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Hay Bales (written 11/13/20)

They are finally here. Twenty bales of prairie hay, neatly stacked in our barn hunt arena. Dad dropped them off just this afternoon, and I'm already chafing to get up there and start arranging them.


The barn hunt rules specify that each dog must go through a tunnel constructed of hay bales a certain number of times according to the level of competition. There are not necessarily any rats hidden in the tunnel. They can be hidden anywhere. But again, because this sport was designed to re-create the natural working environment of terrier-type breeds, slipping through the tunnel demonstrates a dog's eagerness to burrow, explore, and investigate any likely rat hidy-holes.


So one of my jobs in the near future will be to wrestle several hundred pounds of hay in to a good, solid tunnel. And then, as soon as we get the last container tubes, I'll stash some rats and get the dogs going.


By the way, I am now the proud mama of six rats, up from the original two. I mean, on a barn hunt course there can be ten or twelve of the little varmints. For training purposes, two just wasn't gonna cut it. So Chamois, Shar, Rummy, and Reece are now part of the pack.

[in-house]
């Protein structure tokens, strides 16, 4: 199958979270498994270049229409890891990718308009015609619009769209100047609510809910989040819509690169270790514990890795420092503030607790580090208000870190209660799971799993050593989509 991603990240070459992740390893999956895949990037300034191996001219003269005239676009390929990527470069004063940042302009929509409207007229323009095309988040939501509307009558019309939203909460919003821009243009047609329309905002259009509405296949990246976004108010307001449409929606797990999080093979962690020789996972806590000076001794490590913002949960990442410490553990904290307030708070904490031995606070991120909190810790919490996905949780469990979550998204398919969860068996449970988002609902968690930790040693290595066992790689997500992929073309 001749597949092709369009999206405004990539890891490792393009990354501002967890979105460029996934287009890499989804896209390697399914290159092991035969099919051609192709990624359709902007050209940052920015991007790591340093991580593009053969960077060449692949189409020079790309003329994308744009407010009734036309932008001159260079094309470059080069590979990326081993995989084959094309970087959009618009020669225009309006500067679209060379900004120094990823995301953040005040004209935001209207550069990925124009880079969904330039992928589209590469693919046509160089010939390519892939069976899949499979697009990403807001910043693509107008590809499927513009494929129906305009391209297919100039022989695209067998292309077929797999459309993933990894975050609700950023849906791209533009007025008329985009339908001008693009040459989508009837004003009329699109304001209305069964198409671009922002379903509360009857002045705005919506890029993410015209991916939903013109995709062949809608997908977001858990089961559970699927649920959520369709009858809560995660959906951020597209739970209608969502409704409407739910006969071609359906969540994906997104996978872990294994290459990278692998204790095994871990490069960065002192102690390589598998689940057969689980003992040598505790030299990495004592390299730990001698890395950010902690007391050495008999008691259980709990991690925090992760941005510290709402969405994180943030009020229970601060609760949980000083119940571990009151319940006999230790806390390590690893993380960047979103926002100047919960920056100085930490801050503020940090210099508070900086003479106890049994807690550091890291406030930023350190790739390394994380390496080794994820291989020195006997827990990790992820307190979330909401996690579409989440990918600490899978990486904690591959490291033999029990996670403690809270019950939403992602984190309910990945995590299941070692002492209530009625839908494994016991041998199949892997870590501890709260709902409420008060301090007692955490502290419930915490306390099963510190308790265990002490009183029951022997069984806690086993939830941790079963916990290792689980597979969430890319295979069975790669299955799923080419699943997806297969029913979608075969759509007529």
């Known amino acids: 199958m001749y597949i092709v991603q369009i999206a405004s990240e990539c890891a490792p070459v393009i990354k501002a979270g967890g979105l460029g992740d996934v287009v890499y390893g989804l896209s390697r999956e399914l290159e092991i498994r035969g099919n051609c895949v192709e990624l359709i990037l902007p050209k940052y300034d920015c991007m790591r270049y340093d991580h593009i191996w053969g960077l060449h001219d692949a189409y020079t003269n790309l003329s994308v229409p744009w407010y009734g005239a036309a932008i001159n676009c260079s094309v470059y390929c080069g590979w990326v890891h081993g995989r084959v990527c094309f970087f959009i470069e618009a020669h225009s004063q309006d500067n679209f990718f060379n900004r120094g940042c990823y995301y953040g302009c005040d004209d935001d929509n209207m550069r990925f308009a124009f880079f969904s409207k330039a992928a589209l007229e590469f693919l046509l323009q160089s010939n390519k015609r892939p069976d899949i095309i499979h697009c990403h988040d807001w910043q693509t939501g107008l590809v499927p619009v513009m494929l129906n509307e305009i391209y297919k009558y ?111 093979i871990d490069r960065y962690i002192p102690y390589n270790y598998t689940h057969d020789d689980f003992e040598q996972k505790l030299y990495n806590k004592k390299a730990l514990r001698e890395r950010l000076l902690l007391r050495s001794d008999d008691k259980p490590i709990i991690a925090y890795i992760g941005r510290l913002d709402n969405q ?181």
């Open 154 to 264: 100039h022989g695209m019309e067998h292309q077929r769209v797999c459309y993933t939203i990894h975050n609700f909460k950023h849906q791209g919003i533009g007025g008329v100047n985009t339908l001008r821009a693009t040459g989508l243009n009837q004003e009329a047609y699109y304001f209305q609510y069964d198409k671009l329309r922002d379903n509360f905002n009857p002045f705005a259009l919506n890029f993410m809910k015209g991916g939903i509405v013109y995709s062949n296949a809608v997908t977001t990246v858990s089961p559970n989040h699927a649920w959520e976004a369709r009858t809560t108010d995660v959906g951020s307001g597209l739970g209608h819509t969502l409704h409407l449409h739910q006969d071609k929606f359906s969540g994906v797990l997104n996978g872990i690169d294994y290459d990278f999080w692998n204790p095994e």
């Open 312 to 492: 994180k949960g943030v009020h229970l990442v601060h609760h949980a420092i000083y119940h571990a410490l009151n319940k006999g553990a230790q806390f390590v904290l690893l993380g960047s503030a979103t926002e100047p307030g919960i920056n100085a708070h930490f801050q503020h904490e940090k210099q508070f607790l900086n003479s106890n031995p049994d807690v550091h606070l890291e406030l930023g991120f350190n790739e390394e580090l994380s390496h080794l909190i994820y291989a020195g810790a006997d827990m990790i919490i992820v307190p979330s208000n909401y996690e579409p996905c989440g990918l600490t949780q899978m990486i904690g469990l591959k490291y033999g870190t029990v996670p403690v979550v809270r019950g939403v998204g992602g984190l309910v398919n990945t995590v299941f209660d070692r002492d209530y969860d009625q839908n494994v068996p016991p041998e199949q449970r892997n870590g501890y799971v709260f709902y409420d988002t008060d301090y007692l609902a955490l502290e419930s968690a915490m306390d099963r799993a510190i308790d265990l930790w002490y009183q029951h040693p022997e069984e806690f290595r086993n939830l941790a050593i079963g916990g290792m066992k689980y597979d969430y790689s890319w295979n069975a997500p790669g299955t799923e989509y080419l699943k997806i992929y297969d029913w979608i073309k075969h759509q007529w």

We've already done a couple of hunts out in the front yard. Tassie and Cinder showed the most interest, as I knew they would just based on their interactions with small animals in the house. Scotch was trying hard to figure things out, and I'll definitely keep working with him on rats and giving him a chance to catch on. But my boy Banner, the fourth compadre in the group of barn hunt hopefuls, has shown zero interest in rats. Even when held right under his nose in their tubes, he has just turned his head away and practically rolled his eyes.


Well, that's all right. Banner can focus on tricks and obedience, and the other three can play in the hay. After all, rats certainly aren't for everyone.



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© 2021 Reyna Bradford

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Thea Rademacher, Flint Hills Publishing:

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